Last issue we reviewed the basic components and technology of RF wireless microphone systems and established that wireless mics are much like tiny FM radio stations. Now let’s talk about real world applications.
When considering a wireless system product, a few of the things to think about are: construction material and quality (metal, plastic, etc.), true diversity reception, frequency agility (and if agile, the frequency bandwidth), sound quality, RF performance, and manufacturer support.
Component construction and diversity reception are essential factors, and were reviewed in Part I (March 2005 issue).
Frequency agility is highly recommended, particularly in light of our presently very congested radio frequency spectrum. Non-agile systems are termed fixed frequency, and must be serviced or even replaced if the operating frequency is to be changed. However, whether or not a system is frequency agile does not necessarily have anything to do with its sound quality, design quality, or RF performance – just whether it is tunable “on the fly” by the user. With the RF traffic we often encounter these days, tunability might be the most important feature for many users.
As for sound quality, any wireless system, no matter how great the RF link, can only sound as good as the original audio that it is fed. The type of microphone(s) available on a wireless is absolutely critical. The RF link itself also influences sound quality – we mentioned companders in Part I. A great test of any wireless system is to simply put it through those two transducers on the sides of our heads. Let’s make sure that we like the sound of the mics we’re putting in front of our musicians or presenters before we go to the trouble (and cost) to send them through the air as radio signals!
Proper transmitter audio gain is also critical for great sound and is either fixed, or adjustable at the transmitter as a manual control or menu operation. This MUST be adjusted to achieve plenty of usable audio level without over-modulation. If the gain is too hot and causes over-modulation the signal will already be clipped when it leaves the TX. Conversely, if the gain is too low we’ll experience needlessly reduced signal-to-noise ratio and noisy/hissy audio. Some systems offer metering on the TX and/or the RX to aid gain adjustment.
RF performance may be tough for non-engineers to determine from product cut sheets, but real-world testing always tells the truth. Remember, for any wireless to be fairly evaluated it should be operated on a frequency that is clear and open, or a false impression of its performance ability and operating range may result. The number of compatible systems that can be simultaneously operated in the same environment is an indicator of receiver design quality.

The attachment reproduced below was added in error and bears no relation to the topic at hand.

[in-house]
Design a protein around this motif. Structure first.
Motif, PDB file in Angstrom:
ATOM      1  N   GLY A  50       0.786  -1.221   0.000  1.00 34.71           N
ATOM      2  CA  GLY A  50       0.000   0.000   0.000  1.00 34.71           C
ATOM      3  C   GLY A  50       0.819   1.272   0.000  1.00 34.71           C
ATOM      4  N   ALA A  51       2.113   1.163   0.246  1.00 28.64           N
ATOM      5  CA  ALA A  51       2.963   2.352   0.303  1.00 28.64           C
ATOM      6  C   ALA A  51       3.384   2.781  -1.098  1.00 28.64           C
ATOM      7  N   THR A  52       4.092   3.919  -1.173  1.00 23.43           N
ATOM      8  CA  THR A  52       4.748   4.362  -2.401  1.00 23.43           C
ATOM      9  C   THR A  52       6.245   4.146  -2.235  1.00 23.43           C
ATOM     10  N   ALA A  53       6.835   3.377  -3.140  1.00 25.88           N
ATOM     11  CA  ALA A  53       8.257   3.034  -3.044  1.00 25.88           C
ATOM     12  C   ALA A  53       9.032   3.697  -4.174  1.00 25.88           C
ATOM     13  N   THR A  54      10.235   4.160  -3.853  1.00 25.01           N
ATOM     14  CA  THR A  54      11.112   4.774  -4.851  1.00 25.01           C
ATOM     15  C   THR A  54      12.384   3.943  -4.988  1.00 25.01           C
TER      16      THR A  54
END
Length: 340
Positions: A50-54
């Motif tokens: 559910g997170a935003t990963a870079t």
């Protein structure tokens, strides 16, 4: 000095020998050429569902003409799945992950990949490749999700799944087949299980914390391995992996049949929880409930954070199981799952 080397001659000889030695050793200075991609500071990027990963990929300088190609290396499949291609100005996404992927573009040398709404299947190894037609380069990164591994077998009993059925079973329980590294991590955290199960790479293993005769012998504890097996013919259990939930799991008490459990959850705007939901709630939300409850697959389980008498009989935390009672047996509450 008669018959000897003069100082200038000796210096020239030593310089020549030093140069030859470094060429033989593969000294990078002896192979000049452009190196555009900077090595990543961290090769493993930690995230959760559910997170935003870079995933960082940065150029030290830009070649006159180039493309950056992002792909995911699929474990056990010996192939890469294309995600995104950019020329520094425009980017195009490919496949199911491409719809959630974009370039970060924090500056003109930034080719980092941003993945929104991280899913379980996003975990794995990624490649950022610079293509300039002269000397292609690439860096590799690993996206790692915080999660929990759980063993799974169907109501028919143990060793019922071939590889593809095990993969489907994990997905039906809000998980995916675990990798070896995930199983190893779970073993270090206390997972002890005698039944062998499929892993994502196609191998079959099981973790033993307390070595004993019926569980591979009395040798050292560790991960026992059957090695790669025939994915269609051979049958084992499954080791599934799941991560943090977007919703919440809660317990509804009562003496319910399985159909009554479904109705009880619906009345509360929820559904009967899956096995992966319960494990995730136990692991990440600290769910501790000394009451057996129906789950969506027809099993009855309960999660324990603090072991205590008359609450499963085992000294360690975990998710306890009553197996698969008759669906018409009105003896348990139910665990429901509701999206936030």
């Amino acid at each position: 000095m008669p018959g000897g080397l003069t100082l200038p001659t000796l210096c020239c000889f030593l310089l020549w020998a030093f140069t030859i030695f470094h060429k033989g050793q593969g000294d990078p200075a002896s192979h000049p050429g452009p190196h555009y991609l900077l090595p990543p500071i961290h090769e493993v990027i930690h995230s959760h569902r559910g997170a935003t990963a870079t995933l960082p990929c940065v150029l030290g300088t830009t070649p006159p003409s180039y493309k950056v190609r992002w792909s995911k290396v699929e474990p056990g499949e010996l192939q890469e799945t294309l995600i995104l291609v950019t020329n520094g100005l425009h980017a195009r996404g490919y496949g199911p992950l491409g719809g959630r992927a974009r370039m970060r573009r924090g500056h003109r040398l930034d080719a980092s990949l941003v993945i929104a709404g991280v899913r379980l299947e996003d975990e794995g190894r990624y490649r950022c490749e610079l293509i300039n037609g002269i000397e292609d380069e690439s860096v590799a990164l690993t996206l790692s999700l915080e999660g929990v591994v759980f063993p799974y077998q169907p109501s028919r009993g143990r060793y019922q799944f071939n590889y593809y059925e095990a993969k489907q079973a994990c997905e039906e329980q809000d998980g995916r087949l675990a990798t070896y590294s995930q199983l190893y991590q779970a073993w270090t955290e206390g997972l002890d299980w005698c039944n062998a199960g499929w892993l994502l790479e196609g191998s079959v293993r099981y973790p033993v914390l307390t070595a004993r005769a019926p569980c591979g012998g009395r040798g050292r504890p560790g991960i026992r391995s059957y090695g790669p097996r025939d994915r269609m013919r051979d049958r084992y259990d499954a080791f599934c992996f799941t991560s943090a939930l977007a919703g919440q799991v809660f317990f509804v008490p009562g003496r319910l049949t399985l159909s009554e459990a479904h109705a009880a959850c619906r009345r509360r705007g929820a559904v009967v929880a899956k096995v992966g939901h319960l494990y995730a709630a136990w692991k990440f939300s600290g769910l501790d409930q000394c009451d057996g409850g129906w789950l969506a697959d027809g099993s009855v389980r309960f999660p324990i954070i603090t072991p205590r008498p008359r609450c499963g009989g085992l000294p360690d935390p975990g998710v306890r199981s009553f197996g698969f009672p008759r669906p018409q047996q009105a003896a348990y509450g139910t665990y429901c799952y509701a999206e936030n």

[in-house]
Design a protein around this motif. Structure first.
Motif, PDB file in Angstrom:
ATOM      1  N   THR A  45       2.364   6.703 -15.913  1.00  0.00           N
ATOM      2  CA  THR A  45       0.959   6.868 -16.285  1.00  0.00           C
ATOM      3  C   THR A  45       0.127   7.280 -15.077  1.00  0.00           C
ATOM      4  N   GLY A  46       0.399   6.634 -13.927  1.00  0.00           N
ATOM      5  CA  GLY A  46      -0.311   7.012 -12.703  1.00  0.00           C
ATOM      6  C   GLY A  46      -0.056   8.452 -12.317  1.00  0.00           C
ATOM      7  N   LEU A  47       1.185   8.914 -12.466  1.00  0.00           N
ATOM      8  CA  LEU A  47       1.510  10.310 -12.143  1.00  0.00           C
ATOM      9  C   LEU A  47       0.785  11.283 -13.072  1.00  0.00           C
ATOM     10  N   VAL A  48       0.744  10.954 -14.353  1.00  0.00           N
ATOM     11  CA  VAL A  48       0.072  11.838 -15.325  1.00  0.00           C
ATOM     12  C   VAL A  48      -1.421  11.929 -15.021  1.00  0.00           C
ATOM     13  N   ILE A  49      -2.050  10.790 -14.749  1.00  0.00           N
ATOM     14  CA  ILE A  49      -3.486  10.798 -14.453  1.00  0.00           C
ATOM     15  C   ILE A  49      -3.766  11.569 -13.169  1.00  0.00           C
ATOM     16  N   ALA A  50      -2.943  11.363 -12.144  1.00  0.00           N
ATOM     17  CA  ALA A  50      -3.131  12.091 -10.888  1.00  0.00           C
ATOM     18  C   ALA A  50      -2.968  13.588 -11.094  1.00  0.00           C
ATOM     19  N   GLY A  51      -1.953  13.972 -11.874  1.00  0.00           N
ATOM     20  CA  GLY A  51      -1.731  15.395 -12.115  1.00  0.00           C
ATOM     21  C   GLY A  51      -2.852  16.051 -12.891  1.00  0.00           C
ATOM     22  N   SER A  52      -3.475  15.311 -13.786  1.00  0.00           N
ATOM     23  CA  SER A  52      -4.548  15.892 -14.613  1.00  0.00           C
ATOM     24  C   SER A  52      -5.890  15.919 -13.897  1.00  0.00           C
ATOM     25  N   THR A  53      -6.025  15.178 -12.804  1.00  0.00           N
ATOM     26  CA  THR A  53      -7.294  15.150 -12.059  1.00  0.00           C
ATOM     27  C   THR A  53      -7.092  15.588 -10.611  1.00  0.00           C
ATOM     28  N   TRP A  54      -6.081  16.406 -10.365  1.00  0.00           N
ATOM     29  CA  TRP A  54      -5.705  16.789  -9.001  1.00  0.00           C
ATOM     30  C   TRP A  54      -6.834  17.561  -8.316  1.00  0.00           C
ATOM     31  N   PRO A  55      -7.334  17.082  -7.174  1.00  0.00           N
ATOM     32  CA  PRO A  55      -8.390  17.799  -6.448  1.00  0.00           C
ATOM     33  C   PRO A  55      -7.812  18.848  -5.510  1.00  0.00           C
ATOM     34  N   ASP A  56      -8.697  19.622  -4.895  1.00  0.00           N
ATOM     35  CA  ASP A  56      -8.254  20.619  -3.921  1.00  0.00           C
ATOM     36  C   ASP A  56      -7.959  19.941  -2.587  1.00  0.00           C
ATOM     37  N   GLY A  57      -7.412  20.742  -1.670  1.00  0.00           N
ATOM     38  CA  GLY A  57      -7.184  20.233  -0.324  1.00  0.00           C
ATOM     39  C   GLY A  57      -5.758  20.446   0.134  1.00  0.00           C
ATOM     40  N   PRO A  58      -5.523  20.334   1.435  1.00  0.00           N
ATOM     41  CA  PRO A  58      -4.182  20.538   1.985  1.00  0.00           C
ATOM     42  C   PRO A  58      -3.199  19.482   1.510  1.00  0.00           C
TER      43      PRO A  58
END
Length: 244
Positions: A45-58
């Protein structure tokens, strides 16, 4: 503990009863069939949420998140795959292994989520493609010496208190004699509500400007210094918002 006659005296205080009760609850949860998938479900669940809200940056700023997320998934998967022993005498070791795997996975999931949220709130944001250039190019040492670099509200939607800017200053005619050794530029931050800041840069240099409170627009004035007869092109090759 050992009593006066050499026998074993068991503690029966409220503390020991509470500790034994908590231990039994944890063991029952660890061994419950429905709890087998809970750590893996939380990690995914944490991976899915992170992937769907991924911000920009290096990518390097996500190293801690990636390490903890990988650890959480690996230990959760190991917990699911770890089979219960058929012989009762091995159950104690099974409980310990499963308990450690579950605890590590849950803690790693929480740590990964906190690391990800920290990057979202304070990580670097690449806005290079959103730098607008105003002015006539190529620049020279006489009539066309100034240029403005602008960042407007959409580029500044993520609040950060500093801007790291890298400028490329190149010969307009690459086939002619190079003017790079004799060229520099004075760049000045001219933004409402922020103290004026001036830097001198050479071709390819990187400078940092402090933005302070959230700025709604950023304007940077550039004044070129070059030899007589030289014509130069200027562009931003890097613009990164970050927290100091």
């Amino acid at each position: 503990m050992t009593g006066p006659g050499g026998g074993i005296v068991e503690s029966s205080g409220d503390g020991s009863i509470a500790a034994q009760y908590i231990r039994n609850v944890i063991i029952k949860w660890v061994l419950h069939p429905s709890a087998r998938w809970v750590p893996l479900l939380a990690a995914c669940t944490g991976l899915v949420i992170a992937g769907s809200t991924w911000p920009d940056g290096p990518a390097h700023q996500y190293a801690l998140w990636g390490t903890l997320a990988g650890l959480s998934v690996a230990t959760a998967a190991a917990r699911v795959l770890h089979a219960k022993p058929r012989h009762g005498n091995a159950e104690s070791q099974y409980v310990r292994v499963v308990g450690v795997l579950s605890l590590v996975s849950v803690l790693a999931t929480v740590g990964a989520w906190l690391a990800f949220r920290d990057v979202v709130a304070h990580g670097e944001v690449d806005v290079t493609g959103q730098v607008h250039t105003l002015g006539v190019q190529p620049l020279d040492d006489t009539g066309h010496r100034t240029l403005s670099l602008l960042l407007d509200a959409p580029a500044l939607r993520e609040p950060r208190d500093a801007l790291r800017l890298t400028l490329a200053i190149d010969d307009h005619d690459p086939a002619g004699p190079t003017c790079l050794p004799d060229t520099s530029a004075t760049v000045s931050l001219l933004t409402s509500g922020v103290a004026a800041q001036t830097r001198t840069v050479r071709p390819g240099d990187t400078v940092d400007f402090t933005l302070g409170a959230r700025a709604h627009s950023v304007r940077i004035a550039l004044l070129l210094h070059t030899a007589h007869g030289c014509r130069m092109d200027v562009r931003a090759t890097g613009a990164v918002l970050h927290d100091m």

Great support is also important for wireless systems, and any reputable radio mic manufacturer (or their rep/dealer) should offer useful support to those requiring assistance in frequency planning or other challenges when selecting, purchasing, and setting up their wireless microphone systems.
Single Channel Operation
Wireless mics are secondary users in the radio spectrum and operate at very small power levels, (typically around 20 – 50 mW, just a fraction of a watt!) usually in the VHF or UHF bands of the radio frequency spectrum. Our wireless mics “share the air” with other sources of radio traffic like TV broadcasts, cell phones, communications services, and a long list of other things that create RF energy. It is critical that any wireless mic we use is set to a carrier frequency that is not already occupied in the local area. If a conflict or interference occurs it is the wireless mic that must adjust (retune or turn off). One large source of potential RF interference to be dodged by wireless mics in the United States is television channels. Fig. 1 shows where the U.S. (NTSC) TV channels line up in the radio frequency spectrum. And since TV channels typically broadcast many thousands or millions of watts of power, guess which signal “wins” if we try to operate a tiny radio mic inside the frequency range of a TV channel? Plus, the TV stations are licensed for operation. By knowing what TV stations are running in our local environment and by referencing a chart like fig.1, we can select frequencies that do not fall in active TV channels. We are currently in the “digital transition period” in the U.S. Nearly all TV stations now broadcast both analog and digital TV channels – effectively doubling the amount of TV traffic with which we have to contend! Think of some of the TV channels in your town and review the chart in fig.1 and you’ll see how the TV channels fall within in the radio spectrum by frequency. Each TV signal in the U.S. is 6 MegaHertz wide (6 million Herz).